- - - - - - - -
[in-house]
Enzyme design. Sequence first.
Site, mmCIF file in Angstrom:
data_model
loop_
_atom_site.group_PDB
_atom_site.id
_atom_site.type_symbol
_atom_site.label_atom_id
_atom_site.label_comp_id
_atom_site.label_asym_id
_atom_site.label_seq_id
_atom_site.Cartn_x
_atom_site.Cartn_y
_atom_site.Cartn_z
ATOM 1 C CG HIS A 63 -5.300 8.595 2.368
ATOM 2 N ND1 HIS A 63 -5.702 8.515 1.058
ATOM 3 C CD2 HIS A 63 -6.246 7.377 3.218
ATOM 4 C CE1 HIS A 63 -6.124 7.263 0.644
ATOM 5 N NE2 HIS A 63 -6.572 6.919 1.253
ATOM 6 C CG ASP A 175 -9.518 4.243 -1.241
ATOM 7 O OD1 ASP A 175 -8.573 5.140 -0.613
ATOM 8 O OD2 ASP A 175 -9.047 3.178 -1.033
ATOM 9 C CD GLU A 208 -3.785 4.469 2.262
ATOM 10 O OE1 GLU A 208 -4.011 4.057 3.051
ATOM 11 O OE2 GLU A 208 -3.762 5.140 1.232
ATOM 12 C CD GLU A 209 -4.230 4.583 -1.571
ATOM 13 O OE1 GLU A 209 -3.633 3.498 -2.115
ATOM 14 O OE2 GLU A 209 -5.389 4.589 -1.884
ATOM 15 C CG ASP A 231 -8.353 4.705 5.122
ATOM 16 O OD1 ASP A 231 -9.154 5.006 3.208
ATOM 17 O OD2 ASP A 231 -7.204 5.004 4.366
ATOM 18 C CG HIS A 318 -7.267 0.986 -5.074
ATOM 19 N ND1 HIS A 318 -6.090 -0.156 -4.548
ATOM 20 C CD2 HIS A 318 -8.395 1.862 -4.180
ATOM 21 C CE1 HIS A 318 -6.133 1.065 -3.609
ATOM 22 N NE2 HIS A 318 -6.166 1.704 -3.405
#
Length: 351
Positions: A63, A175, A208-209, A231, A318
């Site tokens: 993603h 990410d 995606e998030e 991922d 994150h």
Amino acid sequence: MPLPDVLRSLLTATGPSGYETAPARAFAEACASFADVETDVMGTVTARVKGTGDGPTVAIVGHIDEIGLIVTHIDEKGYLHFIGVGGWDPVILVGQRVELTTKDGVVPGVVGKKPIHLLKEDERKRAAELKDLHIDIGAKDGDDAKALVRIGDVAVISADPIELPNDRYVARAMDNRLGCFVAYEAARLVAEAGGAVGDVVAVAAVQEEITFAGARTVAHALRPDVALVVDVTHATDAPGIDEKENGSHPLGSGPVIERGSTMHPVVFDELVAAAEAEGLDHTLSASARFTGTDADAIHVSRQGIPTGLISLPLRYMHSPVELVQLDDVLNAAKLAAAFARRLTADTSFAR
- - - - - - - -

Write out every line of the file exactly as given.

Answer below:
[in-house]
Enzyme design. Sequence first.
Site, mmCIF file in Angstrom:
data_model
loop_
_atom_site.group_PDB
_atom_site.id
_atom_site.type_symbol
_atom_site.label_atom_id
_atom_site.label_comp_id
_atom_site.label_asym_id
_atom_site.label_seq_id
_atom_site.Cartn_x
_atom_site.Cartn_y
_atom_site.Cartn_z
ATOM 1 C CG HIS A 63 -5.300 8.595 2.368
ATOM 2 N ND1 HIS A 63 -5.702 8.515 1.058
ATOM 3 C CD2 HIS A 63 -6.246 7.377 3.218
ATOM 4 C CE1 HIS A 63 -6.124 7.263 0.644
ATOM 5 N NE2 HIS A 63 -6.572 6.919 1.253
ATOM 6 C CG ASP A 175 -9.518 4.243 -1.241
ATOM 7 O OD1 ASP A 175 -8.573 5.140 -0.613
ATOM 8 O OD2 ASP A 175 -9.047 3.178 -1.033
ATOM 9 C CD GLU A 208 -3.785 4.469 2.262
ATOM 10 O OE1 GLU A 208 -4.011 4.057 3.051
ATOM 11 O OE2 GLU A 208 -3.762 5.140 1.232
ATOM 12 C CD GLU A 209 -4.230 4.583 -1.571
ATOM 13 O OE1 GLU A 209 -3.633 3.498 -2.115
ATOM 14 O OE2 GLU A 209 -5.389 4.589 -1.884
ATOM 15 C CG ASP A 231 -8.353 4.705 5.122
ATOM 16 O OD1 ASP A 231 -9.154 5.006 3.208
ATOM 17 O OD2 ASP A 231 -7.204 5.004 4.366
ATOM 18 C CG HIS A 318 -7.267 0.986 -5.074
ATOM 19 N ND1 HIS A 318 -6.090 -0.156 -4.548
ATOM 20 C CD2 HIS A 318 -8.395 1.862 -4.180
ATOM 21 C CE1 HIS A 318 -6.133 1.065 -3.609
ATOM 22 N NE2 HIS A 318 -6.166 1.704 -3.405
#
Length: 351
Positions: A63, A175, A208-209, A231, A318
């Site tokens: 993603h 990410d 995606e998030e 991922d 994150h």
Amino acid sequence: MPLPDVLRSLLTATGPSGYETAPARAFAEACASFADVETDVMGTVTARVKGTGDGPTVAIVGHIDEIGLIVTHIDEKGYLHFIGVGGWDPVILVGQRVELTTKDGVVPGVVGKKPIHLLKEDERKRAAELKDLHIDIGAKDGDDAKALVRIGDVAVISADPIELPNDRYVARAMDNRLGCFVAYEAARLVAEAGGAVGDVVAVAAVQEEITFAGARTVAHALRPDVALVVDVTHATDAPGIDEKENGSHPLGSGPVIERGSTMHPVVFDELVAAAEAEGLDHTLSASARFTGTDADAIHVSRQGIPTGLISLPLRYMHSPVELVQLDDVLNAAKLAAAFARRLTADTSFAR